Re: Need some education: Man-in-the-Middle Attacks



I think that the vulnerability which you pointed out is:

(1) Usually Client(Bob) can check whether he is really connected
to the Server(Alice) by checking the Server's host key with
the data which Bob has in the known_host directory. But in
the very first connection to the Server, the host key is not
installed yet. So in this occation Eve might BE ABLE to
IMPERSONATE Alice by sending Eve's host key.

(2) If Eve pretends Alice Server, Bob would send his authentication
information, which Eve receives and later she might use to login
to Alice with Bob's account. Or Eve might forward the
authentication information to Alice and send Eve's session key
to both Bob and Alice.

====================
(1)'This MitM can be detected(avoided) in following ways:
(a) System Administrator tells the fingerprint of Alice's host
key to Bob (either offline or through another trusted channel)
and asks him to check the fingerprint shown on the console
together with the initial alert message. -It is virtually
impossible to forge a public-private key pair with the SAME
fingerprint as Alice's pubkey.
(b) Bob's terminal be configured to reject all unknown hosts
("StricHostKeyChecking Yes"in the OpenSSH) and Alice's host key
is supplied & installed offline.
However, (b) is rather burdensome and there are always sufficient number
of careless users, who overlook the fingerprint mismatch. Therefore
there is a chance for Eve to succeed in this attack.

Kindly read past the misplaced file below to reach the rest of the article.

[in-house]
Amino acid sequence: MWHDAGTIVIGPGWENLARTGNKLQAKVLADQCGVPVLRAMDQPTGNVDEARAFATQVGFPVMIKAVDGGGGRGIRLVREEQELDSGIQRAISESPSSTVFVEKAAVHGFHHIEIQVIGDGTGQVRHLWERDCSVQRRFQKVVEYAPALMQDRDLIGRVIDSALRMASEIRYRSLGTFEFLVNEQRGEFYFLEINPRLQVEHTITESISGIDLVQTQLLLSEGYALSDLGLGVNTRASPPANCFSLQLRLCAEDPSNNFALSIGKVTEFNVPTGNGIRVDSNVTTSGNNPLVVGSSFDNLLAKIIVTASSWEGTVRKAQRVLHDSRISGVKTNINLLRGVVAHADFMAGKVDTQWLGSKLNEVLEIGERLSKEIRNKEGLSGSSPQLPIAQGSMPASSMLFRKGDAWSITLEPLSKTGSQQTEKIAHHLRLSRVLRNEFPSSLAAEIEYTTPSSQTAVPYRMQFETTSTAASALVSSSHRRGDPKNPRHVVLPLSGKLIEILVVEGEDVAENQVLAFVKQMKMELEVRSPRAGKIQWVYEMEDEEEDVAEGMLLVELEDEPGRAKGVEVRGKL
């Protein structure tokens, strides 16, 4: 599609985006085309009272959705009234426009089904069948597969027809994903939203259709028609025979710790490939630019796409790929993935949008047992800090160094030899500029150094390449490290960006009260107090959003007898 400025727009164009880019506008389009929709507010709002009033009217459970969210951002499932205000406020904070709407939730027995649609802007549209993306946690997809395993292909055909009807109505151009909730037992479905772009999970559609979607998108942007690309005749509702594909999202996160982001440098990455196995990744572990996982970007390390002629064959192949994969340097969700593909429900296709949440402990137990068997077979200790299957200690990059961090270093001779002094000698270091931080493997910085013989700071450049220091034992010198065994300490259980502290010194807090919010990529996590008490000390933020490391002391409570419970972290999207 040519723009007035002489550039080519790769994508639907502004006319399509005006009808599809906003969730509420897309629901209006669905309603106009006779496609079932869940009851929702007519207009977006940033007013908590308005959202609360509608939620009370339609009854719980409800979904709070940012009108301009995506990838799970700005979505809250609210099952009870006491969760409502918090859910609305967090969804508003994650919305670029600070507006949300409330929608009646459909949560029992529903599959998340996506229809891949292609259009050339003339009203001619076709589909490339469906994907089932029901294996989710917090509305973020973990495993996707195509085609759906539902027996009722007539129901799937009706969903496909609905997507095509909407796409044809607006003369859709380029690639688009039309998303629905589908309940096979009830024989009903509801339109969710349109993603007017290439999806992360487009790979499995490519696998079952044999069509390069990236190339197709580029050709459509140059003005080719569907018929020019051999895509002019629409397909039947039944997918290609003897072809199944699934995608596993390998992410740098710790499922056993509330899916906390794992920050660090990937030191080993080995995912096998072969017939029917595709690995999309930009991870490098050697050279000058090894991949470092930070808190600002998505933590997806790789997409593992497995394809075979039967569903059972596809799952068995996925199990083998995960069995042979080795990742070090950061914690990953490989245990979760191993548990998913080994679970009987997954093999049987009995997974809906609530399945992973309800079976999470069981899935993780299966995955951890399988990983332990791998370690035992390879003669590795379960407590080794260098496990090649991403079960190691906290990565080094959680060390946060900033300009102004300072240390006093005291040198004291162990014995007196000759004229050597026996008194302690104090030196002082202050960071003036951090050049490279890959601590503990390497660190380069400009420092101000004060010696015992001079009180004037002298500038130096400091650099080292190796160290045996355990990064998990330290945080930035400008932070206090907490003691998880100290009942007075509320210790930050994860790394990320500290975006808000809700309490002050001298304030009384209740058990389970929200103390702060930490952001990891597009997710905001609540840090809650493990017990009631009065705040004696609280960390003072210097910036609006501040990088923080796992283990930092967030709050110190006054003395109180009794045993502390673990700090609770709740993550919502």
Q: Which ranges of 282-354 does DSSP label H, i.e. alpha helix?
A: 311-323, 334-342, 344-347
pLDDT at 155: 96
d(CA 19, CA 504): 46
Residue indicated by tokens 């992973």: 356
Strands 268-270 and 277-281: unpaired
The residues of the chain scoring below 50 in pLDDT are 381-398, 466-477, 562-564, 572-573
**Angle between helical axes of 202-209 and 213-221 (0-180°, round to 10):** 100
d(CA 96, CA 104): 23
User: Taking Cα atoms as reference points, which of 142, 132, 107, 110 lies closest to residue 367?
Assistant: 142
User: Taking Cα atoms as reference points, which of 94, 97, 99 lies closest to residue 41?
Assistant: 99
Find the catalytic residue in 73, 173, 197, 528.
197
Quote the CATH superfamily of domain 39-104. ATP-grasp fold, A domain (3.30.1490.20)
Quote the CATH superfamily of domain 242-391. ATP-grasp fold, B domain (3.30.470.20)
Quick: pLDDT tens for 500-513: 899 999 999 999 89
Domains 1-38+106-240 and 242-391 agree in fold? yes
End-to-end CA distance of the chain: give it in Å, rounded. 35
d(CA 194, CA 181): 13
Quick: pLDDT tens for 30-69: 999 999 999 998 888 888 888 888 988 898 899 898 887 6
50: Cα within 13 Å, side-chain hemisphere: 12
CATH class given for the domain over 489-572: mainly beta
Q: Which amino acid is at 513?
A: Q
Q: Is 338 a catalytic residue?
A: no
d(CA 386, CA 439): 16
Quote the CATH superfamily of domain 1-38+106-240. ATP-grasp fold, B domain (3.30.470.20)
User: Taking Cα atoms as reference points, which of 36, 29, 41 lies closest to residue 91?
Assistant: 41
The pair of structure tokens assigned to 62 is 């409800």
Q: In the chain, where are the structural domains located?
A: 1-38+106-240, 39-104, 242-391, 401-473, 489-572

(2)'If Eve succeeds in pretending Alice's node, Bob's account is
stolen and the session is open to eavesdrop -as long as PASSWORD
authentication is used in version 1. Therefore SSH(version 1)
using password authentication is by NO MEANS secure shell.
I have demonstrated this kind of MitM attack in a lecture.
However, authentication using either RSA or DSA can avoid stealing
the authentication information, because the authentication
information(secret key) is not sent to the Server.
It might be possible to just forward the authentication information
to Alice and send Eve's session key to A & B, to make the session
decryptable for EVE. But it is detected during the user
authentication.

Therefore there are still a number of obstacles to Eve's perfect crime,
as long as RSA/DSA authentication is used. If password authentication is
unavoidable, at least protocol 1 be disabled. It is because most
(every?) MitM tools request protocol version 1 in establishing the
session. I am not sure whether protocol 2 detects that the
authentication process is eavesdropped.

--

Masahito Gotaishi, Researcher
R & D Initiative, Chuo University
1-13-27 Kasuga, Bunkyo, Japan, 112-8551
DDI:03-3817-1621, FAX:03-3817-1606



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